C# Switch Statement

In this lesson, you will learn about the Switch statement in C#, its usage, and examples to better understand the topic.

What is a Switch Statement?

In the previous lesson, we learned about the ‘if’ statements in C#. The switch statement is similar to the if statement; it executes a code block if a condition is true. However, use the switch statement over the ‘if’ statement if you have too many expressions to evaluate. The switch statement keeps your code cleaner and easier to understand.

Syntax of the switch statement in C#

switch (expression) {
case a:
  // code block
case b:
  // code block
case c:
  // code block
  // code block

Example of the switch statement in C#

Months of the Year

Switch Statement with Grouped cases

In the switch statement, it’s possible to evaluate more than one expression at a time if needed.


Vowels and Consonants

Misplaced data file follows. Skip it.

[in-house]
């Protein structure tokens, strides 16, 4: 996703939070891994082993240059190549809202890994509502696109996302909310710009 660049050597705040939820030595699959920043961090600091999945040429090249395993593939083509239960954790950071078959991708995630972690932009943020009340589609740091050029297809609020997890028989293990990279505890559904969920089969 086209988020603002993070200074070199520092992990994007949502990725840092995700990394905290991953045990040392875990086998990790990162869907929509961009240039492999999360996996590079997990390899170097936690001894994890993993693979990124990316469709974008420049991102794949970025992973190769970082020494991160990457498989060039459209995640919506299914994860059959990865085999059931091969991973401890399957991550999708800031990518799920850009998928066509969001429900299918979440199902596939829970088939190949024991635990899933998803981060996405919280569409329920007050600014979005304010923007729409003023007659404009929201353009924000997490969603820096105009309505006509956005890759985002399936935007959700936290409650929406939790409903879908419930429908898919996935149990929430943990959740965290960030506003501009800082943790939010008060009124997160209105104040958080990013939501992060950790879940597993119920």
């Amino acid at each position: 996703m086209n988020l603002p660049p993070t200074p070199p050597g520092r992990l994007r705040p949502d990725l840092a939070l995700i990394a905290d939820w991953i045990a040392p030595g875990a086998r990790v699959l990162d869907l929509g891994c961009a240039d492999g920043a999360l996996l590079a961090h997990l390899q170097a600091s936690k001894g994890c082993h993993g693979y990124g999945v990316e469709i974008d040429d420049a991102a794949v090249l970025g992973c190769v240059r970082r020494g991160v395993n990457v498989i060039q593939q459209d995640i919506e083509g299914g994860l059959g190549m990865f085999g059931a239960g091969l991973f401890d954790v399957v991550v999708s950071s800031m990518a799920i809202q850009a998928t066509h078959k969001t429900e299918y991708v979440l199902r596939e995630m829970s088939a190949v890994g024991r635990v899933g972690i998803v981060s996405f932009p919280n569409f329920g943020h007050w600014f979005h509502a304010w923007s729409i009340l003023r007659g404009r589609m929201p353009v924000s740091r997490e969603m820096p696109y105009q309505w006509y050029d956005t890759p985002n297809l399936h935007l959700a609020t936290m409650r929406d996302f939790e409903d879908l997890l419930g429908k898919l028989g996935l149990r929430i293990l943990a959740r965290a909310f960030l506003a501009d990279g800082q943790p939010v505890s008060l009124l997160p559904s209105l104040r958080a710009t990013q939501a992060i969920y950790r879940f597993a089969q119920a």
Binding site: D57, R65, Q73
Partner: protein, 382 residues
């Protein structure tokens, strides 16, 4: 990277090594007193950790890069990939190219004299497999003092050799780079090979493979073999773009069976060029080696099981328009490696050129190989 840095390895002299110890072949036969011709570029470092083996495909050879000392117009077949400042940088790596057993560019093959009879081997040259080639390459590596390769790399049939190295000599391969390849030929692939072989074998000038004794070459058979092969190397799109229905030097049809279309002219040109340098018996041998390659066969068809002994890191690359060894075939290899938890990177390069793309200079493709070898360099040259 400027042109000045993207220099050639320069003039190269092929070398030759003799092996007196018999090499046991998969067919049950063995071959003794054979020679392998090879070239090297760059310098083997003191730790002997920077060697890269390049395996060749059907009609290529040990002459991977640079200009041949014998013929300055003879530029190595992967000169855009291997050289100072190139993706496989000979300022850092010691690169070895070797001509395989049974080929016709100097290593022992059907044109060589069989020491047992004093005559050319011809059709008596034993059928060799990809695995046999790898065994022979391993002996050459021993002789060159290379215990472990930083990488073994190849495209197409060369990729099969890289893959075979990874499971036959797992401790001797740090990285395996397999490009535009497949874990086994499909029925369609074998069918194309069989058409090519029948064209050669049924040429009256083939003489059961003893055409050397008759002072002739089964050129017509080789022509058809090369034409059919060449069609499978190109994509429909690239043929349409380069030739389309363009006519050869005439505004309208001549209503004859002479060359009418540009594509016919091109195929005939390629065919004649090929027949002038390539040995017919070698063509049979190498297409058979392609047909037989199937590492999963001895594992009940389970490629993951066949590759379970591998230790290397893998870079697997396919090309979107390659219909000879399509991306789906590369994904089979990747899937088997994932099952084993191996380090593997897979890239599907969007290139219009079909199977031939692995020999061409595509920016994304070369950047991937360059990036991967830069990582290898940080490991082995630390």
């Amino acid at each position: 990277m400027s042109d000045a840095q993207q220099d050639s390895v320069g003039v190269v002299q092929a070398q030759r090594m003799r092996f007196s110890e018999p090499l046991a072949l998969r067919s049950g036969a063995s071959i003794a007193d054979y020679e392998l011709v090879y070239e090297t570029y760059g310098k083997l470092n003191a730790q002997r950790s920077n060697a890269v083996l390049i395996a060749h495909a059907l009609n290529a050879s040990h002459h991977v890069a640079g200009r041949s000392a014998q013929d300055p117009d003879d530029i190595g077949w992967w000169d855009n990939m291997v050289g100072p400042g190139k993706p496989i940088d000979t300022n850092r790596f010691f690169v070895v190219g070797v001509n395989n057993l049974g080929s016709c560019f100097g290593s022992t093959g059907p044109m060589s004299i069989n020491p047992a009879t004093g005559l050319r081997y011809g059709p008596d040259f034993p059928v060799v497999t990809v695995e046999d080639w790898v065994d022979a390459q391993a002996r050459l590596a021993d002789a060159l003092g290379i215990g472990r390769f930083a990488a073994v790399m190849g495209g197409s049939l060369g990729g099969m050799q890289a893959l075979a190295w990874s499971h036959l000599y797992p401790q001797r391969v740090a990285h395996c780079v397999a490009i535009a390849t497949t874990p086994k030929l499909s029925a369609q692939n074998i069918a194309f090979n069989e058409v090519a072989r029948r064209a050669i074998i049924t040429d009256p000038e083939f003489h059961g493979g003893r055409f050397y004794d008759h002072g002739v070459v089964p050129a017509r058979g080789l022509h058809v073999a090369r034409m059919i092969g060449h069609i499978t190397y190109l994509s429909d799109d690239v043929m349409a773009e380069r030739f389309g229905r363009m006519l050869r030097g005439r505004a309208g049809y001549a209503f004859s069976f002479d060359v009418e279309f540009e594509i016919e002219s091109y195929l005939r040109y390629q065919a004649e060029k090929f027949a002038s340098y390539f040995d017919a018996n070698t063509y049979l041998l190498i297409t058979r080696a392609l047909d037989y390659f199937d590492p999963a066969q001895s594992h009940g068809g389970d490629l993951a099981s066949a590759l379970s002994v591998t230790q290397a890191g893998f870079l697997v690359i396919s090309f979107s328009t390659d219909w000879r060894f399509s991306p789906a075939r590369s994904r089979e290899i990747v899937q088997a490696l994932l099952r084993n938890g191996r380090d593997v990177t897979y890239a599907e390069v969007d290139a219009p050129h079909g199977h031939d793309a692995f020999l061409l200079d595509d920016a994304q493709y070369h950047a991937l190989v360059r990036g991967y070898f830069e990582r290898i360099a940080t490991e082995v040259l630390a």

The break Keyword

As you noticed, there is a break keyword in every case in the switch statement. This keyword tells the compiler that there is no need to check other cases when a case returns a ‘true’ value. The compiler will exist the switch statement once the break keyword is reached.

The default case

The compiler will execute the default case and exit the switch statement if no match is found in all cases. In the ‘Months of the year’ example above, the default case will be executed if the user enters anything other than a number between 1 and 12.

This concludes the C# Swith Statement lesson. In the next lesson, you will learn about the Ternary operator in C#.